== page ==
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How to Search in the Health Sciences: Boolean Operators

Boolean Operators - Overview

  • Databases require mathematical rules in order to function
  • These mathematical functions are known as Boolean Operators
  • There are different operators, the most commonly used are AND, OR, NOT
  • Boolean operators allow for the combination of concepts in databases
    • OR expands a search
    • AND focuses a search
    • NOT removes from a search

OR is used to expand a concept

  • When searching you sometimes need to think of synonyms for a concept in order to capture all the information on that concept
  • For example, to capture all the information on heart attacks you would search:
    • heart attack [1] OR myocardial infarction [2] OR cardiac arrest [3]
  • The Venn diagram below illustrates how 3 sets of information, combined using OR, gives you all three sets of information in your results

What to watch for: do not overdo it when it comes to synonyms, only use the most logical; do not include broader concept terms, this will take away the focus of your search.

Venn Diagram showing intersection of three circles containing heart attack, myocardial infarction, cardiac arrest

AND is used to focus a search

  • AND is used in searching when you want the results to contain all the concepts important to your research
  • For example, to capture information on the use of exercise by an elderly population as part of a fall prevention program you would search exercise AND elderly AND fall prevention
  • The Venn diagram below illustrates how 3 sets of information, combined using AND, would give you one set of information: (exercise [1], elderly [2] , fall prevention [3]); only the small centre set of information would be in your results, the one that contains all three elements

What to watch for: be careful of having too many concepts, if you AND too many ideas together you will end up with zero results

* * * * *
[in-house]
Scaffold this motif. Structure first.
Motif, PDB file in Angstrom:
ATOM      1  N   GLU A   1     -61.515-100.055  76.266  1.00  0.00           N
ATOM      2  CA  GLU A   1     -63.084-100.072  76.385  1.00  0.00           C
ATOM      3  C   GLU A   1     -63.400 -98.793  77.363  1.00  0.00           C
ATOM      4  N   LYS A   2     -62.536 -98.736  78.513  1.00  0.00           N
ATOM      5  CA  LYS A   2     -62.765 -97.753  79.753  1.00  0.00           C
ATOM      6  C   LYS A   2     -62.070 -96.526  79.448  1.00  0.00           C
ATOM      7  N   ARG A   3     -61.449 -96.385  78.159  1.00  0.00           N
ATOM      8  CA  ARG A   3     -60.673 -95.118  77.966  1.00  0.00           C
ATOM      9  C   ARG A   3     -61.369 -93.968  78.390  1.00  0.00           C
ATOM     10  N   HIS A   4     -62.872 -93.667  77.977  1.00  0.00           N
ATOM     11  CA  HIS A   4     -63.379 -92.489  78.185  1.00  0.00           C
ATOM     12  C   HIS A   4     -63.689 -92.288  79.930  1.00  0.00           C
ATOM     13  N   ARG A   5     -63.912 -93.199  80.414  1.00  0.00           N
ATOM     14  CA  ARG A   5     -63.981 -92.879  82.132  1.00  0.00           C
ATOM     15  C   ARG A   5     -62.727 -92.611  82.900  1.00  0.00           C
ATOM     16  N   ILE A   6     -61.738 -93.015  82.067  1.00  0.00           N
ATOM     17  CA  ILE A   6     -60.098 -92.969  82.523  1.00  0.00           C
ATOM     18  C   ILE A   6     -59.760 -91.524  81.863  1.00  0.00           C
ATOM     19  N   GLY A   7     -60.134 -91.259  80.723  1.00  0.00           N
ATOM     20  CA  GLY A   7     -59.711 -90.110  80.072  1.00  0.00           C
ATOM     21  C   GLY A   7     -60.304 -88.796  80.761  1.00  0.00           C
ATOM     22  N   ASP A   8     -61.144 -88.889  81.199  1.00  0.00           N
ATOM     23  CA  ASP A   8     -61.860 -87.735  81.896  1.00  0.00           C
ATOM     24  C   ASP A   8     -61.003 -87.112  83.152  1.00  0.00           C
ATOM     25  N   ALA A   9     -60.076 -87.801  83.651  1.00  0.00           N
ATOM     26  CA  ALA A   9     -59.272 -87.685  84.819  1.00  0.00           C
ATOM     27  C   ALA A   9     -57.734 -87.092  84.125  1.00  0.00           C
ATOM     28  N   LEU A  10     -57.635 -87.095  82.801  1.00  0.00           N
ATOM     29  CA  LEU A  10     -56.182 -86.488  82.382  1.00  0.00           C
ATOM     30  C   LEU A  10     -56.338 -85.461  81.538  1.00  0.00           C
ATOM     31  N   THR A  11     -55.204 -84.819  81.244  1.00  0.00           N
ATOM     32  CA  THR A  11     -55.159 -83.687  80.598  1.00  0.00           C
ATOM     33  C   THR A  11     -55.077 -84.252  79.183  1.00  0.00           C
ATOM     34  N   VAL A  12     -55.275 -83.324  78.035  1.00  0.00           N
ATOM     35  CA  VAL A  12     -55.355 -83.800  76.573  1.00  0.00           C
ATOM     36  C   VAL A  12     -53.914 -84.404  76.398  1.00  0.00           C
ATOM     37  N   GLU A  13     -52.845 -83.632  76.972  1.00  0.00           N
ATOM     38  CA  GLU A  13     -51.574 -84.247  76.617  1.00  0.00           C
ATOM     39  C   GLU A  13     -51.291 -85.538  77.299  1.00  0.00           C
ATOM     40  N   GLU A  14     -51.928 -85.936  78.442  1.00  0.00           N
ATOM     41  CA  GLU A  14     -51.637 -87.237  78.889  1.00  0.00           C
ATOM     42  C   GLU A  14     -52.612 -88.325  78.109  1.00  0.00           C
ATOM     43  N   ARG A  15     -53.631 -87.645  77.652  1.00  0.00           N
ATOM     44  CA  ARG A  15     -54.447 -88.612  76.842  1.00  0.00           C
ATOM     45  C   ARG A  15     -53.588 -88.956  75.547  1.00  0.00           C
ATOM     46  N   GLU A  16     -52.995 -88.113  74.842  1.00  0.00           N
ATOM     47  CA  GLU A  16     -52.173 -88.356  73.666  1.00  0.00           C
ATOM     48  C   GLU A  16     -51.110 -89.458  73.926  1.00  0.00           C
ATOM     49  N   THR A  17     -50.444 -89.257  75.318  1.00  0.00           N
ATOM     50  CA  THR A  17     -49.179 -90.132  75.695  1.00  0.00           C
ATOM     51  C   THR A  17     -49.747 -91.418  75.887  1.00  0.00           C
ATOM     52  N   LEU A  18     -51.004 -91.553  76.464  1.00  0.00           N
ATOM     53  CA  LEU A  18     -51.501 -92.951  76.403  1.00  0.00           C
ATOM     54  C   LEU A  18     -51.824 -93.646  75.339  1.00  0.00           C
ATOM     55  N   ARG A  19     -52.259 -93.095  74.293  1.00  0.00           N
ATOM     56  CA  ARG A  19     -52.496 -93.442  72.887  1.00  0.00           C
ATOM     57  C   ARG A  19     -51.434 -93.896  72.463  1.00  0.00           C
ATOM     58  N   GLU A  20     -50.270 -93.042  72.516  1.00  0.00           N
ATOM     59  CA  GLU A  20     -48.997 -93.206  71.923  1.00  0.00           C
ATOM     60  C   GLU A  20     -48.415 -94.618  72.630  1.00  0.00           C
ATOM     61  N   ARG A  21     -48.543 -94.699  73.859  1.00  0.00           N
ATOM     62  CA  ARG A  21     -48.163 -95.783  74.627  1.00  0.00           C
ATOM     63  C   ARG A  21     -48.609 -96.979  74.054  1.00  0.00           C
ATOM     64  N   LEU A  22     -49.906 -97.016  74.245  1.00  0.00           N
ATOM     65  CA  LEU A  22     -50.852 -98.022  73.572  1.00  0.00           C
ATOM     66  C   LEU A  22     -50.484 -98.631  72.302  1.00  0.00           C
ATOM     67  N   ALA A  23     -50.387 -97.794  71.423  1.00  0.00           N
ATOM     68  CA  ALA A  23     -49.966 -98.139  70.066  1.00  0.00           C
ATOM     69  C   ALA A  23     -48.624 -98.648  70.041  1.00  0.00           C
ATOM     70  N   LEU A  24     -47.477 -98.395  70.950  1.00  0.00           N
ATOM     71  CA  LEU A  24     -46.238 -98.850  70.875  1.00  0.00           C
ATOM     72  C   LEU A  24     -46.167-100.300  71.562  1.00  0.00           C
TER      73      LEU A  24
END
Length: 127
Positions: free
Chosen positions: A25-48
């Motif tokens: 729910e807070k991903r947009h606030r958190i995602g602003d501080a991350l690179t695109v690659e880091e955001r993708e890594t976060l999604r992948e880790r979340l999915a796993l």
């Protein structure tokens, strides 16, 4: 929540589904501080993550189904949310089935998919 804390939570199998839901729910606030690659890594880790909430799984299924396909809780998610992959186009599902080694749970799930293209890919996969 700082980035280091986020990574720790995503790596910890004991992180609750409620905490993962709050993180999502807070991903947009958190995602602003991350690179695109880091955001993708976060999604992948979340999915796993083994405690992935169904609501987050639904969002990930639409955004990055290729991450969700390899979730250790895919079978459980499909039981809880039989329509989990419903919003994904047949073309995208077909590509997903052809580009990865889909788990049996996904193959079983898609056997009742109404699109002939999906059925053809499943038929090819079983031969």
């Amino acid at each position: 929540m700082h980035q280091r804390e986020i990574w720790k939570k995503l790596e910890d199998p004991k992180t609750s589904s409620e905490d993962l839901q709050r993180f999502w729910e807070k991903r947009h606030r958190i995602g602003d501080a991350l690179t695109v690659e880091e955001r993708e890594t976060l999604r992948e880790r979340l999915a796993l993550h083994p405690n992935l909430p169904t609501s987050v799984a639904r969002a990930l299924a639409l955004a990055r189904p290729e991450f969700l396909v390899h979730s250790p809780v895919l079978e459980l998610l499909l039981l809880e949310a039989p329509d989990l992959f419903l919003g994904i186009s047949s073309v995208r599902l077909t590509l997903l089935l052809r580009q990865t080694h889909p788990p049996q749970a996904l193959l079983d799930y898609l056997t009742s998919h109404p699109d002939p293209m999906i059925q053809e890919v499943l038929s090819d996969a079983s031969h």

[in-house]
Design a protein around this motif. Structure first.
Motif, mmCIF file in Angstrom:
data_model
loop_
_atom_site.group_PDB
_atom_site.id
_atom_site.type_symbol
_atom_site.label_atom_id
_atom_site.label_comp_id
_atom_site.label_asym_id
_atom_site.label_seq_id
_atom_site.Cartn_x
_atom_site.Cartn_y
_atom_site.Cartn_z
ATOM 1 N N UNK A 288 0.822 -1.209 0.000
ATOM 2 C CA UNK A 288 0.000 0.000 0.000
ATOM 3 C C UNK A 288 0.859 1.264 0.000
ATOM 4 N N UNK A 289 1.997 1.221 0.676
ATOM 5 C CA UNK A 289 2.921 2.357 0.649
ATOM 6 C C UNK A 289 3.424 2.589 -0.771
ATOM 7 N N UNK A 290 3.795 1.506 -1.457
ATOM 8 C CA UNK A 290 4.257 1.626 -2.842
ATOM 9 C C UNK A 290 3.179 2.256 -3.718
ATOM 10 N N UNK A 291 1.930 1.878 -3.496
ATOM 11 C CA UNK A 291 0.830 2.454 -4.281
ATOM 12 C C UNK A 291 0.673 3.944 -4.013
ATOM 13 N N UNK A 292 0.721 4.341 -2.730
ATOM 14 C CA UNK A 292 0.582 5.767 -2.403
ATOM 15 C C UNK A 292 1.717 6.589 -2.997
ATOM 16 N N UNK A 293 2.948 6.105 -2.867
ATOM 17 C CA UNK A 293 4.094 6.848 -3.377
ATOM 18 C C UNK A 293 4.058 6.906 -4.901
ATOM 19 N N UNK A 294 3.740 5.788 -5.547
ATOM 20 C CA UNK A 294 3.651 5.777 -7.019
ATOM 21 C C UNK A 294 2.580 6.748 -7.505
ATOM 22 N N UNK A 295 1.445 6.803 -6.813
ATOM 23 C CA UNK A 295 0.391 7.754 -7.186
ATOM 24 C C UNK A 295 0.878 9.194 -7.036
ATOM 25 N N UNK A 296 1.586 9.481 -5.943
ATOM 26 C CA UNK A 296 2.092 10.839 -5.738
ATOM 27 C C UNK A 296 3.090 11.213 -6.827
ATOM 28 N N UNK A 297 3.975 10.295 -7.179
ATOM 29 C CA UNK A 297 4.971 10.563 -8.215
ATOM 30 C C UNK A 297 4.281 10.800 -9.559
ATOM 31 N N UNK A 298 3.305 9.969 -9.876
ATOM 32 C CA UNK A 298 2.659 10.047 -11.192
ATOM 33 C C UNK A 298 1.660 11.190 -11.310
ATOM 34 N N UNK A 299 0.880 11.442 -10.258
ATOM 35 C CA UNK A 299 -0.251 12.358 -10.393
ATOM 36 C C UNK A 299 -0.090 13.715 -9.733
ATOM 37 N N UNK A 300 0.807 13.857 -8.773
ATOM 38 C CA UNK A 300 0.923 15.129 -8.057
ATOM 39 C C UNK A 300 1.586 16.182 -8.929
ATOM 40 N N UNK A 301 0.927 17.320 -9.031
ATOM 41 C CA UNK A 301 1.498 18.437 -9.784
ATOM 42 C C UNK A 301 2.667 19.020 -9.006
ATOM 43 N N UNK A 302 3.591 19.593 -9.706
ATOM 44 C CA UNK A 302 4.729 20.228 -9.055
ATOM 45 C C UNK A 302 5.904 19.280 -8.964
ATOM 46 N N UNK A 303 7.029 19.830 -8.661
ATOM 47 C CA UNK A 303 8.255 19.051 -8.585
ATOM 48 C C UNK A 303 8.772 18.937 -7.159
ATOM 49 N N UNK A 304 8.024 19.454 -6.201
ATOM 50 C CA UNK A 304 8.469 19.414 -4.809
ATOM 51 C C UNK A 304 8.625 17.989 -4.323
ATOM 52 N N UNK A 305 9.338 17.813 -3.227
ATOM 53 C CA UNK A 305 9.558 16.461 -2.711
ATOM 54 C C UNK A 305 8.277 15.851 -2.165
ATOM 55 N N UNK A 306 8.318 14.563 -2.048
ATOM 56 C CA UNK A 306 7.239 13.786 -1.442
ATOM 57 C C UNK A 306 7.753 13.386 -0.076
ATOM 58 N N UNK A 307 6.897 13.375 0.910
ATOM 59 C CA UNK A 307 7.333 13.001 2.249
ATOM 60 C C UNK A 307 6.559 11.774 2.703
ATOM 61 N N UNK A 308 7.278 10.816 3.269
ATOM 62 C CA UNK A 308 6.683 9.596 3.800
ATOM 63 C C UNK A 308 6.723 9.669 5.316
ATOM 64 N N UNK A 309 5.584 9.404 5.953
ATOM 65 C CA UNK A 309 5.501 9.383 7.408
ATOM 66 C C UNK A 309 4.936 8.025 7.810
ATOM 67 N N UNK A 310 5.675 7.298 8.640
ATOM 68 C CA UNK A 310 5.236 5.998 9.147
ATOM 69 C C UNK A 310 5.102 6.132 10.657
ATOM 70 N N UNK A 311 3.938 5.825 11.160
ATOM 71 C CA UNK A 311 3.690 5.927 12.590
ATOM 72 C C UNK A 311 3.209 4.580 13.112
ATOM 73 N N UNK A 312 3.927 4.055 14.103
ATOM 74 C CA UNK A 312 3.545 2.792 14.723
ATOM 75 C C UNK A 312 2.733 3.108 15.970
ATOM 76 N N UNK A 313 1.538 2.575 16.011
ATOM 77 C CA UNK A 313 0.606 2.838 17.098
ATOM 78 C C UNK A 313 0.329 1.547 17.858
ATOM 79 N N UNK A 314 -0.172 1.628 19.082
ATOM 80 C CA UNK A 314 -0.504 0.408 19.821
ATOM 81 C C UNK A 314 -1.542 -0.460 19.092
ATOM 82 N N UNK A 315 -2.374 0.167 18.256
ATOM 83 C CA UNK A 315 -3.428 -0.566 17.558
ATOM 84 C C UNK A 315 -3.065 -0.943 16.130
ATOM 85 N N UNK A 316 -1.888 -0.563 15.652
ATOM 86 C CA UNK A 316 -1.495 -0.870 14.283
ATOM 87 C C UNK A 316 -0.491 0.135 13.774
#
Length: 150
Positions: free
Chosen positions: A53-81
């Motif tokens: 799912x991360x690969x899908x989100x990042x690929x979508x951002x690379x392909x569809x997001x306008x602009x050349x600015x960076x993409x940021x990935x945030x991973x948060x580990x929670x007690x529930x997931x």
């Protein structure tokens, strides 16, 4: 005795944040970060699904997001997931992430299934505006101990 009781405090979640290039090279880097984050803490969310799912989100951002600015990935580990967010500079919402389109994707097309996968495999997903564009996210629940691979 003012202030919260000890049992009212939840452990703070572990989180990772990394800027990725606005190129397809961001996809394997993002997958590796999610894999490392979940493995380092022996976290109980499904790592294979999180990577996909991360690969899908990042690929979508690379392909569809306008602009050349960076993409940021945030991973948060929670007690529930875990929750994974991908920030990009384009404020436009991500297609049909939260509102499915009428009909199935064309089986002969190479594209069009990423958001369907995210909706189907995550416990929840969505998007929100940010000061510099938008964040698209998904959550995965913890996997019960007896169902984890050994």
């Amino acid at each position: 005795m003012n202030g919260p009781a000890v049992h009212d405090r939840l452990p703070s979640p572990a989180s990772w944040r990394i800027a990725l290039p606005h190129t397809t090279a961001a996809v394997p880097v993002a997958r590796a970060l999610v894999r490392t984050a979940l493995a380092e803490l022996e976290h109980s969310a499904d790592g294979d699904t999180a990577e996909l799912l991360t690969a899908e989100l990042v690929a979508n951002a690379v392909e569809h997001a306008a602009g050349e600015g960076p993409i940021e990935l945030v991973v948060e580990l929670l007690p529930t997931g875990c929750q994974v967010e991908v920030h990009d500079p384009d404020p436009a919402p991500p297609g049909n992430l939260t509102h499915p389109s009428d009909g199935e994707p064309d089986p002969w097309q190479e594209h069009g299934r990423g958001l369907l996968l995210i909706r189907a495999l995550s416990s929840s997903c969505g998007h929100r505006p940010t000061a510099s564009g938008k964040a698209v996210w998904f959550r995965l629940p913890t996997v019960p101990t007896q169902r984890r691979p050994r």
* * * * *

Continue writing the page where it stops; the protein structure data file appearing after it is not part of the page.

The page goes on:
Venn Diagram showing three circles including exercise, elderly, fall prevention and pointing out the intersection where all three overlap

 

NOT excludes words from your search

  • NOT narrows your search, telling the database to ignore concepts that may be implied by your search terms
  • For example:  if you were searching for articles on nursing and education classes but you did not want articles on breast feeding would search: (nursing [1] AND education classes[2]) NOT breastfeeding[3] 
  • The Venn diagram below illustrates how you would use NOT to exclude information from a search, you would retrieve information that contains (nursing [1] and education classes [2]), the arrow head shaped set in the middle; the set (nursing [1], education classes [2], breastfeeding [3]) would be excluded from the results

What to watch for: be careful using NOT as you may inadvertently exclude helpful articles from your search

Venn Diagram showing three circles with arrow indicating that the intersection between nursing and education that doesn't contain breast feeding is the resulting set

Rules for combining concepts using Boolean Operators

  • Databases follow the commands you type in and return results based on those commands.
  • Databases follow a specific logical order when using Boolean operators: 
    • Databases usually recognize AND as the primary operator, and will connect concepts with AND together first.
    • If you use a combination of AND and OR operators in a search, you must enclose the words to be "ORed" together in parentheses so the database will combine those as a set before combining the AND concepts together.
  • Examples:
    • ethics AND (cloning OR reproductive techniques)
    • (ethics OR morals) AND (bioengineering OR cloning)
    • (nursing AND education classes) NOT (breast feeding)

Consult a Health Sciences Librarian

Neil John Maclean Health Sciences Library (University of Manitoba) --- ph. 204-789-3342 | healthlibrary@umanitoba.ca